The shocking story of how Aspartame became legalSubmitted by Bob-45 on Mon, 07/01/2013 - 03:48
Sat, 19 Jan 2013 13:41 CST
Did you know that Aspartame was banned by the FDA twice? How is this product legal now?
The bittersweet argument over whether Aspartame is safe or not has been going on for a long time. On one side we have medical evidence that suggests we should avoid using it and on the other side we lean on the FDA's approval that suggests it is safe. Since generally that seems to be the factor that many continue to hold trust based upon, I thought we could look into the Aspartame story to find out how it came to be accepted as safe by the FDA. You would think that something so widely used and so well accepted would have quite the pristine story leading to its acceptance. I imagine one will discover otherwise after reading this post.
It all starts in the mid 1960′s with a company called G.D. Searle. One of their chemists accidentally creates aspartame while trying to create a cure for stomach ulcers. Searle decides to put aspartame through a testing process which eventually leads to its approval by the FDA. Not long after, serious health effects begin to arise and G.D. Searle comes under fire for their testing practices. It is revealed that the testing process of Aspartame was among the worst the investigators had ever seen and that in fact the product was unsafe for use. Aspartame triggers the first criminal investigation of a manufacturer put into place by the FDA in 1977. By 1980 the FDA bans aspartame from use after having 3 independent scientists study the sweetener. It was determined that one main health effects was that it had a high chance of inducing brain tumors. At this point it was clear that aspartame was not fit to be used in foods and banned is where it stayed, but not for long.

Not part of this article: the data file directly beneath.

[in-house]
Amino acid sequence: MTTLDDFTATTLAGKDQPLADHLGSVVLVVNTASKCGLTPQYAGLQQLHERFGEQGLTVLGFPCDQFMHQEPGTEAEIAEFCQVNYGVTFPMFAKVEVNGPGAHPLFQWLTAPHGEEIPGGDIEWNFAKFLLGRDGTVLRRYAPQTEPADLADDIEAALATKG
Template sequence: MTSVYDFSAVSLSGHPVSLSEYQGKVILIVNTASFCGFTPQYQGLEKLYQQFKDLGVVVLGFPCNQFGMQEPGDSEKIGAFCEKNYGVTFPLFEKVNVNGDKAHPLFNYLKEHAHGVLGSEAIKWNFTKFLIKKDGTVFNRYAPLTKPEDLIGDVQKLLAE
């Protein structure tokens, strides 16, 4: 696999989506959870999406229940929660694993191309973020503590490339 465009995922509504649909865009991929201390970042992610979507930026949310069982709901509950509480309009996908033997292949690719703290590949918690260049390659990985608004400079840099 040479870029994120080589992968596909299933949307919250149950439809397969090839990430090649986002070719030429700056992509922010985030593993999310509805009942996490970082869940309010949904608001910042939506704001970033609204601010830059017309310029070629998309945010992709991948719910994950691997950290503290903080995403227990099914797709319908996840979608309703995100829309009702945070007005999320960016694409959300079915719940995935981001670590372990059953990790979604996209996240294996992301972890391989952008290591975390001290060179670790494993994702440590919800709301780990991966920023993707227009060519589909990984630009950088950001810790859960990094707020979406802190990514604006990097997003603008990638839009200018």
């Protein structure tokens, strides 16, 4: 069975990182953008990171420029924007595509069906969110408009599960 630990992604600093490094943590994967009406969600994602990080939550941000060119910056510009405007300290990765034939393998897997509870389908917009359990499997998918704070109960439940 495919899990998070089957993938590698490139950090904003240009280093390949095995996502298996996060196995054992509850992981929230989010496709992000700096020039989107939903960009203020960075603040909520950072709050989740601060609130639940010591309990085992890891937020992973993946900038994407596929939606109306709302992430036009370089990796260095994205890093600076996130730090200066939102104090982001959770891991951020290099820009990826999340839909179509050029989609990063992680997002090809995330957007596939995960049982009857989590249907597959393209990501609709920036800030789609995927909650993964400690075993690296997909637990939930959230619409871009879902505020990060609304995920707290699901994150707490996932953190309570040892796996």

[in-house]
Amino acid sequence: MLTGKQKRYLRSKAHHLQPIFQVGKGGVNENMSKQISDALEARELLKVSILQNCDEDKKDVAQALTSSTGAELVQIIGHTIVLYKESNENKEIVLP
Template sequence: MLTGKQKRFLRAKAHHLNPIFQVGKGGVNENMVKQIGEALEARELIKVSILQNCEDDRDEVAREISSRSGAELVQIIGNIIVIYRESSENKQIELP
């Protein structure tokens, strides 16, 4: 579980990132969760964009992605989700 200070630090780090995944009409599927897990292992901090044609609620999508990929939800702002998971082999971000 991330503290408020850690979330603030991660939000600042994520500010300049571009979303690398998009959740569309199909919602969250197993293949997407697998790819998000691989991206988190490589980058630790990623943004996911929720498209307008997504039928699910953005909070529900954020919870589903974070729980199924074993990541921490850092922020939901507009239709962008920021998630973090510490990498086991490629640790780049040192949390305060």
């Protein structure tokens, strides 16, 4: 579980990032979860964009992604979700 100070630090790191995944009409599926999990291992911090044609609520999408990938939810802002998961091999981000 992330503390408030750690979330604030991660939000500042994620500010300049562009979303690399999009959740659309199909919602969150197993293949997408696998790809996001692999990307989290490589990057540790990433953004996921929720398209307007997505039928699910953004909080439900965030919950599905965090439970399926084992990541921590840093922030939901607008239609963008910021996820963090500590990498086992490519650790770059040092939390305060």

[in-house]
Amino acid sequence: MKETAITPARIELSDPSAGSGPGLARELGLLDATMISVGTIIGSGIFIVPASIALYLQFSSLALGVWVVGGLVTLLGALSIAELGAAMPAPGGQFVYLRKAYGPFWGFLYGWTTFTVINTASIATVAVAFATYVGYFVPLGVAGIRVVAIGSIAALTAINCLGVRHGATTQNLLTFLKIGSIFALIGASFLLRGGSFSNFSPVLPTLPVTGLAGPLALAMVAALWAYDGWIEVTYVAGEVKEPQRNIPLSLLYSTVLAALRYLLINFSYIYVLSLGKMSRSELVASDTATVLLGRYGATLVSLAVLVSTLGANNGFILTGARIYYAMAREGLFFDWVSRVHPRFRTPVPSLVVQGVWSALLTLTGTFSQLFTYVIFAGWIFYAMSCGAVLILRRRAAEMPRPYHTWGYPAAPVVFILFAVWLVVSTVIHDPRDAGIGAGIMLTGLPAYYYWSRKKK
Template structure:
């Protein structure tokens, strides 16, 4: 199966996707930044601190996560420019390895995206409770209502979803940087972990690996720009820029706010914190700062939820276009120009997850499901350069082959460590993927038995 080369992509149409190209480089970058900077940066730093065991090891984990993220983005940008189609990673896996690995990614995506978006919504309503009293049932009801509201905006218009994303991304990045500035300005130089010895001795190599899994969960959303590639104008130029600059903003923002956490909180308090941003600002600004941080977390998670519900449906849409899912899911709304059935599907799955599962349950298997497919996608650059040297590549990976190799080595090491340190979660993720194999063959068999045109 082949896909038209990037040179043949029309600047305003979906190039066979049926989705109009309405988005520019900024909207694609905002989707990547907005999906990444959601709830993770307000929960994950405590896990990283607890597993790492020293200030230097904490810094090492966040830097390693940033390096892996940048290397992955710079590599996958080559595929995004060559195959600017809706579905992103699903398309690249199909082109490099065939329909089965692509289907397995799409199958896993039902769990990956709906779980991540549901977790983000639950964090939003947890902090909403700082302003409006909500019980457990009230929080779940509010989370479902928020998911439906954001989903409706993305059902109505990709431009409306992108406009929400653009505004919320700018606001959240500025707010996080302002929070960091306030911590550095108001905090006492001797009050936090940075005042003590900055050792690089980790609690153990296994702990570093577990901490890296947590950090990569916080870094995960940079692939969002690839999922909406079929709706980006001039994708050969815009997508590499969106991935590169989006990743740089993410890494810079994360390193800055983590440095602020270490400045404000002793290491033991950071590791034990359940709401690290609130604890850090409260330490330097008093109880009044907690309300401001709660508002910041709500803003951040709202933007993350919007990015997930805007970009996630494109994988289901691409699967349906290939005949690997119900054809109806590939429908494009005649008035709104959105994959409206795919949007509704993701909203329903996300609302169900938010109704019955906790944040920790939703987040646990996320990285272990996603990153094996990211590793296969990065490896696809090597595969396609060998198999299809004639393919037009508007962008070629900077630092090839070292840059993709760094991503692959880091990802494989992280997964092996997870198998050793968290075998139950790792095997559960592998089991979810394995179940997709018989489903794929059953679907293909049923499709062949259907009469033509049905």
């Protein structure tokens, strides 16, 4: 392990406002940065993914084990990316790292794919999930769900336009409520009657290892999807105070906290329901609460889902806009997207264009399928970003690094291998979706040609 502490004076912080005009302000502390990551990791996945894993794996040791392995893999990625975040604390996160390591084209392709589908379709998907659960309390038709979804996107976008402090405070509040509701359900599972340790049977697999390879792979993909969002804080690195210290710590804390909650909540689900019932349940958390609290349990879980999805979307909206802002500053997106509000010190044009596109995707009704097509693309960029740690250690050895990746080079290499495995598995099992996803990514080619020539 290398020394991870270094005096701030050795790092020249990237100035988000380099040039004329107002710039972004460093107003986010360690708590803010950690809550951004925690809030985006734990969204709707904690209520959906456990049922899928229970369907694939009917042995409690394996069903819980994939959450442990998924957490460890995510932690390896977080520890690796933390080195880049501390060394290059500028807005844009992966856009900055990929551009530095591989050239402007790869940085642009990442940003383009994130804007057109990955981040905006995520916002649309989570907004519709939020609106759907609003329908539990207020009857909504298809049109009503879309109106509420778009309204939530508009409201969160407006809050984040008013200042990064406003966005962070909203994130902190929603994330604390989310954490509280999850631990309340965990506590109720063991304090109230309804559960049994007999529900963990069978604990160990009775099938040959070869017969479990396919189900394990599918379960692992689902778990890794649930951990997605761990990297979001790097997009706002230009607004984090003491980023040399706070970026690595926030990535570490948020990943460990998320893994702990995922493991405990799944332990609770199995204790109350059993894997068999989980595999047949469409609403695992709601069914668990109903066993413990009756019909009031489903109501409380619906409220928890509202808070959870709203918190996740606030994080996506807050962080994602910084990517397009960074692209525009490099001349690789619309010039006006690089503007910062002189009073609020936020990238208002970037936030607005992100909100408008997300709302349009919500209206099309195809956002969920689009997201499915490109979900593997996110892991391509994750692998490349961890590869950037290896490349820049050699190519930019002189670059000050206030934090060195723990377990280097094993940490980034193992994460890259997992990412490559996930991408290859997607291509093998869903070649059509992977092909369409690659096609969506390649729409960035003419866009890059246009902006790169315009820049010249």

Early in 1981 Searle Chairman Donald Rumsfeld (who is a former Secretary of Defense.. surprise surprise) vowed to "call in his markers," to get it approved. January 21, 1981, the day after Ronald Reagan's inauguration, Searle took the steps to re-apply aspartame's approval for use by the FDA. Ronald Reagans' new FDA commissioner Arthur Hayes Hull, Jr., appointed a 5-person Scientific Commission to review the board of inquiry's decision. It did not take long for the panel to decide 3-2 in favor of maintaining the ban of aspartame. Hull then decided to appoint a 6th member to the board, which created a tie in the voting, 3-3. Hull then decided to personally break the tie and approve aspartame for use. Hull later left the FDA under allegations of impropriety, served briefly as Provost at New York Medical College, and then took a position with Burston-Marsteller. Burstone-Marstella is the chief public relations firm for both Monsanto and GD Searle. Since that time he has never spoken publicly about aspartame.